It would also seem that the shot could be of a Manta alfredi rather than Manta birostris, this is still to be defined with other shots. The differentiation between Manta alfredi and Manta birostris is fairly recent and dates back from 2009[2]. In fact Manta alfredy, also known as Reef Manta Ray and Manta birostris are both part of what is called the “genus Manta” family and they can easily be confused. It would seem that manta birostris do not display markings between the gills.

What is pretty certain is that the situation of the mantas alfredy is also critical. The same over fishing threats apply to both species and the population is drastically decreasing. The IUCN[3] categorized the manta rays as “Vulnerable” in between the “Near Threatened” and “Endangered” species and states that “Overall, the rate of population reduction appears to be high in several regions, up to as much as 80% over the last three generations (approximately 75 years), and globally a decline of 30% is strongly suspected.”

As I mentioned in the previous article, there are various factors that led to this critical state of affairs: overfishing, very low fecundity rate and anthropogenic pollution.  It would seem that in the wild female mantas give birth to a single pup every 2 to 3 years cycle. When we add this factor to the overfishing trends we can easily understand that populations are being easily depleted.

Whether this picture shows a Manta birostris or a Manta alfredi and whether it is showing a birth or a gastro intestinal eversion (I leave it to the knowledgeable marine specialists and scientists to decide), the important message is that Mantas are in danger and they need a strong global protection. I am hoping that this picture will raise awareness, open up discussions, ideas exchange and humbly contribute towards global mantas protection.

Angelina Cecchetto

[1] “Intestinal eversion in a free-ranging manta ray” by Springer-Verlag 2007. http://www.himb.hawaii.edu/sharklab/Clark_et_al_manta%20intestine%20eversion.pdf

When all natural resources will be poisoned will Men survive eating money?

By Angelina Cecchetto on 2nd February 2013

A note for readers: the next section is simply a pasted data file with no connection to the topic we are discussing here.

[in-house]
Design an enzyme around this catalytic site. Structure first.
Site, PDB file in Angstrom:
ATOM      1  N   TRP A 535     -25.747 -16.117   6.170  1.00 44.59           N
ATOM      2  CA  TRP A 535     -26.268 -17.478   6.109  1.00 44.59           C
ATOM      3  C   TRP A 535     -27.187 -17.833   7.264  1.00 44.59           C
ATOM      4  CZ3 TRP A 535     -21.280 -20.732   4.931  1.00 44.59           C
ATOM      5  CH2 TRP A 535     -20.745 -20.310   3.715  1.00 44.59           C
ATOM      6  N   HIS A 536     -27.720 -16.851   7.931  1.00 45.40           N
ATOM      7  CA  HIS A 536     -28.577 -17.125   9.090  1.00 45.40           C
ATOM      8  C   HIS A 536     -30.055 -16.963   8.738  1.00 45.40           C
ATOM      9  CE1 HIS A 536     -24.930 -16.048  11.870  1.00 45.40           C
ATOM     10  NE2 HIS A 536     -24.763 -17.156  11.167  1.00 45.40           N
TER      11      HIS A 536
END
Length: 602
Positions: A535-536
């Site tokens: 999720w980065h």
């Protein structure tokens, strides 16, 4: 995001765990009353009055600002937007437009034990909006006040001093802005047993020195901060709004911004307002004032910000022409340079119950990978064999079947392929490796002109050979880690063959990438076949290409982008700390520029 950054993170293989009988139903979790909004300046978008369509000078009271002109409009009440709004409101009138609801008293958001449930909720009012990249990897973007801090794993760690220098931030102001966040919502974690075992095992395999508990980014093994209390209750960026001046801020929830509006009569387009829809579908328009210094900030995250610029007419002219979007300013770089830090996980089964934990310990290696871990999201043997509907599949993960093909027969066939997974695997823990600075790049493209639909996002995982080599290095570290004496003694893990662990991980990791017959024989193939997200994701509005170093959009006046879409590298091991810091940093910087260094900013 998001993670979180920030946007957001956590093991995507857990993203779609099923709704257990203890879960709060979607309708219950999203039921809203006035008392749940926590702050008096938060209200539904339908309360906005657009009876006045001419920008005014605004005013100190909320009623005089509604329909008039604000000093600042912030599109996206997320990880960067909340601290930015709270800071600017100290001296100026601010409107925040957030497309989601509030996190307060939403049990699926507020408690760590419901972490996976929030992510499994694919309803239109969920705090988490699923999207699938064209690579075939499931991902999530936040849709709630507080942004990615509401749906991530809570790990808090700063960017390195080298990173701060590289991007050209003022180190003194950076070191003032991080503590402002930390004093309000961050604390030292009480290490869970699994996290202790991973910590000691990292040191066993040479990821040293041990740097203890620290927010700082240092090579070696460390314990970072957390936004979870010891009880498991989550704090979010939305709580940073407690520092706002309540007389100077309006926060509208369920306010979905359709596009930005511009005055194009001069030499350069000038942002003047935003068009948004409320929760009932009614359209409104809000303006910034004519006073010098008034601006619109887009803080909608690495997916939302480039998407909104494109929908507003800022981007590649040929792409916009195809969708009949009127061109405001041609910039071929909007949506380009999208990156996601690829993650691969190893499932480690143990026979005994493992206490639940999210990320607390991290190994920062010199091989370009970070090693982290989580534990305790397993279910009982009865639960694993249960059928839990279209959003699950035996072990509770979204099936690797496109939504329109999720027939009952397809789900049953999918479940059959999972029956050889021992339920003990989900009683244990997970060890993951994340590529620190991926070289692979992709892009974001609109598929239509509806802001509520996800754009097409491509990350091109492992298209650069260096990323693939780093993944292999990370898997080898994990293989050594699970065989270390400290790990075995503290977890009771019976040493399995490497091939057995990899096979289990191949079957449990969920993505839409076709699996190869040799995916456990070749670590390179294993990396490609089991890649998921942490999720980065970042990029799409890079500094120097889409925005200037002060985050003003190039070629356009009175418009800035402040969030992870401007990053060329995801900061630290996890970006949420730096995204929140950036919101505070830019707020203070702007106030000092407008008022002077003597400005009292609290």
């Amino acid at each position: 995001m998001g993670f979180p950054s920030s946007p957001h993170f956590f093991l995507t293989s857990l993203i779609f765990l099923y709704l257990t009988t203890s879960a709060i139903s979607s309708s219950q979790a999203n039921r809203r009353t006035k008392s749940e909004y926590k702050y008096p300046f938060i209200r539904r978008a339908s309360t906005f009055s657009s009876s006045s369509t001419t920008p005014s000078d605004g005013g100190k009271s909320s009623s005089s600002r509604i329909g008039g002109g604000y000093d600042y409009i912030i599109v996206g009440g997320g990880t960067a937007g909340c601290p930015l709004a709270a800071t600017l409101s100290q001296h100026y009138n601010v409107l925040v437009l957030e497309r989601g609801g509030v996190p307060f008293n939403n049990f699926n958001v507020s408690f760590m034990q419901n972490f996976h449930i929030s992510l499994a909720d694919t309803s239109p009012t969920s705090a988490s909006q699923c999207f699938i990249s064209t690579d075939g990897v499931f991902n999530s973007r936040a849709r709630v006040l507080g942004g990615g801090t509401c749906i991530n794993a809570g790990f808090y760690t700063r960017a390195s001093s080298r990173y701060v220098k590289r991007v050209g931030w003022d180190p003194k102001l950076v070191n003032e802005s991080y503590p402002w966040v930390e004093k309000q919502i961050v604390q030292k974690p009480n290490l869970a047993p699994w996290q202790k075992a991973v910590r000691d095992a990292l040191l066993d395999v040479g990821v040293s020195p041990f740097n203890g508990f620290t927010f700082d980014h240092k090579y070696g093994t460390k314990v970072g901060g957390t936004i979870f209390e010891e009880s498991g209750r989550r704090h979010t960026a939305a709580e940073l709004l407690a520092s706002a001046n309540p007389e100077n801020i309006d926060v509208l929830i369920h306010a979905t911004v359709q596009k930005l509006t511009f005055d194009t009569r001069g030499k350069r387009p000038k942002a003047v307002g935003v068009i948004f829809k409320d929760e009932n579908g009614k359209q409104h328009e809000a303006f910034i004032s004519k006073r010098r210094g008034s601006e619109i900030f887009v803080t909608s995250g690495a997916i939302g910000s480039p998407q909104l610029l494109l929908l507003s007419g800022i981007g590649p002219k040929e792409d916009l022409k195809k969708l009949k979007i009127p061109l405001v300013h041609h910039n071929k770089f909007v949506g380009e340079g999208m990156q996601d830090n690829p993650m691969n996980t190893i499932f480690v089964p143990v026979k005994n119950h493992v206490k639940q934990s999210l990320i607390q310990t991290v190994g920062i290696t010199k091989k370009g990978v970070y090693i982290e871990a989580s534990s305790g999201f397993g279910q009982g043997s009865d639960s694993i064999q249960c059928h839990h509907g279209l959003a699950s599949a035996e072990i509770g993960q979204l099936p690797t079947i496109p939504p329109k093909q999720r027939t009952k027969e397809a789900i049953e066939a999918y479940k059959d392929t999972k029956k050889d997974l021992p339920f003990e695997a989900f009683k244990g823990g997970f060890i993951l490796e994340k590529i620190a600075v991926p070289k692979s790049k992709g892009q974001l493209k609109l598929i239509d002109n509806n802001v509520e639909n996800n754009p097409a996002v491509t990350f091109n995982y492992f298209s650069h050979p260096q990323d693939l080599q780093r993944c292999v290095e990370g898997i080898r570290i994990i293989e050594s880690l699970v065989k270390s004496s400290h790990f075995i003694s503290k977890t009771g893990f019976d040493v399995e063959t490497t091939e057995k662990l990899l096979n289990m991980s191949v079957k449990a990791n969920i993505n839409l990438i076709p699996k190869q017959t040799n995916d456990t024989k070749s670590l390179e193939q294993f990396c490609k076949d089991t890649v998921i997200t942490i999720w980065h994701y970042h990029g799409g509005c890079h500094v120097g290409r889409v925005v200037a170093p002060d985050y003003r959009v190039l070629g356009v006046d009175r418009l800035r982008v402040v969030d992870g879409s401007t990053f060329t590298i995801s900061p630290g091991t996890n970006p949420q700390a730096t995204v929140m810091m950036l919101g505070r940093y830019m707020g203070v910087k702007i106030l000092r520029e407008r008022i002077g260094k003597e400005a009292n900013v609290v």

Photography: ©2013 Angelina Cecchetto All Rights Reserved.

Photography: ©2013 Angelina Cecchetto. All Rights Reserved.

I have been lucky enough to turn one of my passions into a job and to become a dive instructor.  When I dive every day I see a fascinating underwater world that never ceases to amaze me and the divers that I take underwater. The underwater world is simply magical. Unfortunately every day I dive I also see the devastating mark of human consumption everywhere in the ocean.

Every day, I see plastic bottles both at the surface and in the sea. In the sea and in the heart of the reefs I see baby nappies, plastic bags, metal cans, plastic and glass bottles, fishing lines, constructions materials to name just a few. I pick up as many things as I can but this is nothing compare to the amount of trash we pour in the ocean every day.

We are all culprits of this “poisoning”. In the Indian Ocean, the safari boats simply dump their rubbish in the sea. The island resort hotels do the same. Instead of taking their refuse to a processing island they just wait for night to fall so no one sees them and dump the rubbish in the sea a few miles off the island. It’s cheaper. The profit that these island resort hotels make could very easily provide for a refusal budget but the greed for profit at all costs seems as infinite as the universe itself.

The governments worldwide seem to be turning a blind eye to the situation so I am inclined to think that the refuse processing is a big money scam in many countries not to say worldwide.

In Italy the rubbish are being buried in fertile agricultural grounds… In his book “Gomorra” the journalist and writer Roberto Saviano denounces all these refuse processing or rather non processing scams. Of course the fact there is no regulation or control about the rubbish processing results in constant daily poisoning of our soil and seas.

We are poisoning our own environment and killing many other innocent species in the process… In the sea the situation is dramatic. The land to water ratio on the planet is about 30 to 70% so the ocean covers about 2/3 of the planet. With this in mind you would think, the ocean is so big that you would hardly ever see traces of human consumption there. Well that’s precisely where the situation becomes alarming, the reefs are not only the victims of the overall global warming phenomenon which is more subtle to perceive but they are also ridden with human rubbish everywhere and this we cannot ignore.

We all know that the oceans are overfished, we all know about global warming, we all know about species disappearing due to human over consumption and damage so the question is what do we do about it? Individually we can do localized actions but separate we cannot change the big picture. So when are we going to get involved all together?

The main issue beyond the refuse processing is the whole consumer product industry. Packaging. Do we really need 3 layers of plastic around our products? Do we really need to have our strawberries in a plastic container and an extra cellophane layer around it?  Do we really need baby nappies made out of Polyethylene i.e. plastic?

It is time to rethink the whole consumer products packaging worldwide and fast! It is not only killing or endangering many innocent species worldwide; it is also endangering us humans. The bottom line of the issue is that “money rules” in this world as we all know.

My question to conclude is simple:  when all natural resources will be poisoned or extinct will Men survive eating money??

Angelina Cecchetto